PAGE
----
> The number of Lambda invocations shot up almost 40x.
One thing I've learned from talking to AWS support is that increasing memory also gets you more vCPUs per container.
Serverless is great in scaling and handling bursts, but you may find it VERY difficult in terms of testing and debugging.
A while back I started using an open source tool called localstack to mirror some AWS services locally. Despite some small discrepancies in certain APIs (which are totally expected), it's made testing a lot easier for me. Something worth looking into if testing serverless code is causing you headaches.
My initial thought is: restore last nights backup to another mysql instance on aws and then let it catchup on the binlog?
But I guess the unstated assumption is that their goal is to also transform to some other datastore.
For example, at MindMup, we’re using a similar setup to the one described in the article for appending events to user files. It’s critical that we don’t get two updates going over eachother in a single file, which is tricky to do with lambdas only because there’s no guarantee how many lambdas will kick off if updates come concurrently from different users for the same file. With Kinesis, we just use the file ID as the sharding key, so no more than a single lambda ever works on a single user file, but that we can have multiple lambdas in parallel working on different files.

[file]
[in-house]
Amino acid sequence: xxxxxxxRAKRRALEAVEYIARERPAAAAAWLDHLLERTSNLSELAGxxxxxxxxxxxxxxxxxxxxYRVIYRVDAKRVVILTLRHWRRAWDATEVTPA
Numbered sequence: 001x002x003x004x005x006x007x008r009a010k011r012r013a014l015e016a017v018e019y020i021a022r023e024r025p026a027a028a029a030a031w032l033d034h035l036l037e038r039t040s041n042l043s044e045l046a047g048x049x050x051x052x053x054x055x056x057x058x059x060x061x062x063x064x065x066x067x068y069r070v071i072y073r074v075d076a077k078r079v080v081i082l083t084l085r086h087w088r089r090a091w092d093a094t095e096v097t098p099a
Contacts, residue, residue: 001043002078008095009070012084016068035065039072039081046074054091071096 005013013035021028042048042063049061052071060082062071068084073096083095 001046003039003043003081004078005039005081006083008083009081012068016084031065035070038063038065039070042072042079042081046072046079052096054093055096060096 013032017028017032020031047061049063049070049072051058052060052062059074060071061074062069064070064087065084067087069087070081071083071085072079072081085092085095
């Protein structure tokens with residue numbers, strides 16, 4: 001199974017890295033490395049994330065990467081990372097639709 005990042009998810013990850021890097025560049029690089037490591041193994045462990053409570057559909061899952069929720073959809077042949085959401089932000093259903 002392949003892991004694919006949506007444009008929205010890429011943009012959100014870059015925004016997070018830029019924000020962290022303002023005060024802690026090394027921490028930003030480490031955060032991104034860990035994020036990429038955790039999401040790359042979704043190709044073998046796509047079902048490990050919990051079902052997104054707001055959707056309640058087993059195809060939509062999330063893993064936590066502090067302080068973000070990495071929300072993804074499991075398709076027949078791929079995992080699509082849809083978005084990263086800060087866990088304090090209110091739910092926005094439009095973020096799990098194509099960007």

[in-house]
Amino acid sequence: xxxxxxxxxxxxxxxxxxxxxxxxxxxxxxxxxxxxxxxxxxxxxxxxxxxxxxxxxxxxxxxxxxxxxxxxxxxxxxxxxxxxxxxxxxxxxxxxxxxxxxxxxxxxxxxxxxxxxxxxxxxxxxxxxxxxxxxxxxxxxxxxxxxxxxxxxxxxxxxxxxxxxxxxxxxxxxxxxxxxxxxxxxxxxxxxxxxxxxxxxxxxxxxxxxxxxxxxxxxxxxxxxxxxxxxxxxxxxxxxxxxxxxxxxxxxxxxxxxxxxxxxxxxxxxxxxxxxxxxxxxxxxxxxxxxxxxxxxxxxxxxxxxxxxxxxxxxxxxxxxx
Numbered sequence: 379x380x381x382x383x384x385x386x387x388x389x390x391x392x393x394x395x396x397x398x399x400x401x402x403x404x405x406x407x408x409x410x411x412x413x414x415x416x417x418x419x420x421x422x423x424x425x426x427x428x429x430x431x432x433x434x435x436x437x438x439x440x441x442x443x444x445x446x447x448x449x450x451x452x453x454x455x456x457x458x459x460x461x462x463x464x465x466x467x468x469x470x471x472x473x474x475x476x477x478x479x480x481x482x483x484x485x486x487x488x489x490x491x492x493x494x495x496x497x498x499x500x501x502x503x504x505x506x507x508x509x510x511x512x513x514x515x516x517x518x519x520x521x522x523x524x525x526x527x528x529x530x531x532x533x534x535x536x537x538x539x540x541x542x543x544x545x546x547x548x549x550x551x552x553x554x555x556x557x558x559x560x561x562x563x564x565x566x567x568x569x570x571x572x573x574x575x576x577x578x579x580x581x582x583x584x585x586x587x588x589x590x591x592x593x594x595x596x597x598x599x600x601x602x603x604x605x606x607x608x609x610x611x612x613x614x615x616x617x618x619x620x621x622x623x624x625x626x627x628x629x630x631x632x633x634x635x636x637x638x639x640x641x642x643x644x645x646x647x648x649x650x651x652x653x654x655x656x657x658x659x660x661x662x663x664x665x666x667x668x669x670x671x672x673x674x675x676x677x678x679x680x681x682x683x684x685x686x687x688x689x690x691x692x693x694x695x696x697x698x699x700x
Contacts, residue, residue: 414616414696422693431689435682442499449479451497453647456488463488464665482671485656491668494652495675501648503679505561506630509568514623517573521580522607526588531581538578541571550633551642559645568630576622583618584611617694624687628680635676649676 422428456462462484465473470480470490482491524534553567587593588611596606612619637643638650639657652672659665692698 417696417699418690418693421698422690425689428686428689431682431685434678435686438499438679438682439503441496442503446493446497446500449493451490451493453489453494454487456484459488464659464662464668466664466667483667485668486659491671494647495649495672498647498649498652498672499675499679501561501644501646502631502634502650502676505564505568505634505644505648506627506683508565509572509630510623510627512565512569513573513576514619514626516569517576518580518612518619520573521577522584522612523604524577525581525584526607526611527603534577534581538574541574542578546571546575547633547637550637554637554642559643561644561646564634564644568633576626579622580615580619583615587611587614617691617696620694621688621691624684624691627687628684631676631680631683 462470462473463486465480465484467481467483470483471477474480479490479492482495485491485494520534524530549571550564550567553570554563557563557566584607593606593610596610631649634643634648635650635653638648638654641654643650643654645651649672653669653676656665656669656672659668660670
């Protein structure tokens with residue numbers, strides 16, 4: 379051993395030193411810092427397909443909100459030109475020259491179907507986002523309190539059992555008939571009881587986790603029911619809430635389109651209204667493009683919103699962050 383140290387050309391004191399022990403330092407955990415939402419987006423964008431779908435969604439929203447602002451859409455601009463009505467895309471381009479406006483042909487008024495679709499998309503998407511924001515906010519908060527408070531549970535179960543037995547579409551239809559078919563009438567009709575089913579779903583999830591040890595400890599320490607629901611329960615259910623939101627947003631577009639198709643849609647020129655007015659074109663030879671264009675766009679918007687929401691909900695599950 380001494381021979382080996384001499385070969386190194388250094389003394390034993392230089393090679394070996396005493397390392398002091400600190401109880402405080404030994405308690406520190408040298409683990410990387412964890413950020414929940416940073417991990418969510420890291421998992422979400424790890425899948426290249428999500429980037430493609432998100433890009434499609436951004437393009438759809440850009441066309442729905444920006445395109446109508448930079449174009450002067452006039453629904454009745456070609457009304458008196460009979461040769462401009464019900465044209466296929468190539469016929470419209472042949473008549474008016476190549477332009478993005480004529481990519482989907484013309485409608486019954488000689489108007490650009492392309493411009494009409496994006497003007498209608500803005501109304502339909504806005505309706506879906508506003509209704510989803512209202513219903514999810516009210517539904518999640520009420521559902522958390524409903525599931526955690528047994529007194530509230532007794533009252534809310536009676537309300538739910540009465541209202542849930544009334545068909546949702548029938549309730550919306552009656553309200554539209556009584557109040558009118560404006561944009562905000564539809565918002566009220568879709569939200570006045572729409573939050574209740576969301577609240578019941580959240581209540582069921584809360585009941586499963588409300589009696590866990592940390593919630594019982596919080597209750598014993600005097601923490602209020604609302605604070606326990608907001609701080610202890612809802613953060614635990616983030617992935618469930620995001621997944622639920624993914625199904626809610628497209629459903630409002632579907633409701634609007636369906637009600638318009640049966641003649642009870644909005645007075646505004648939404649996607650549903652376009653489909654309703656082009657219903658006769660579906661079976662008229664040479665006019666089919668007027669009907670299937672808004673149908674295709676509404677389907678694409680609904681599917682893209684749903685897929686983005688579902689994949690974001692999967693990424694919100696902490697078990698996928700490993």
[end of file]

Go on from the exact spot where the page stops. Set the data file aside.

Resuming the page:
How are you appending to files from Lambda? EFS?
> With Kinesis, we just use the file ID as the sharding key, so no more than a single lambda ever works on a single user
Is there a risk of "heavy" users causing hot shards?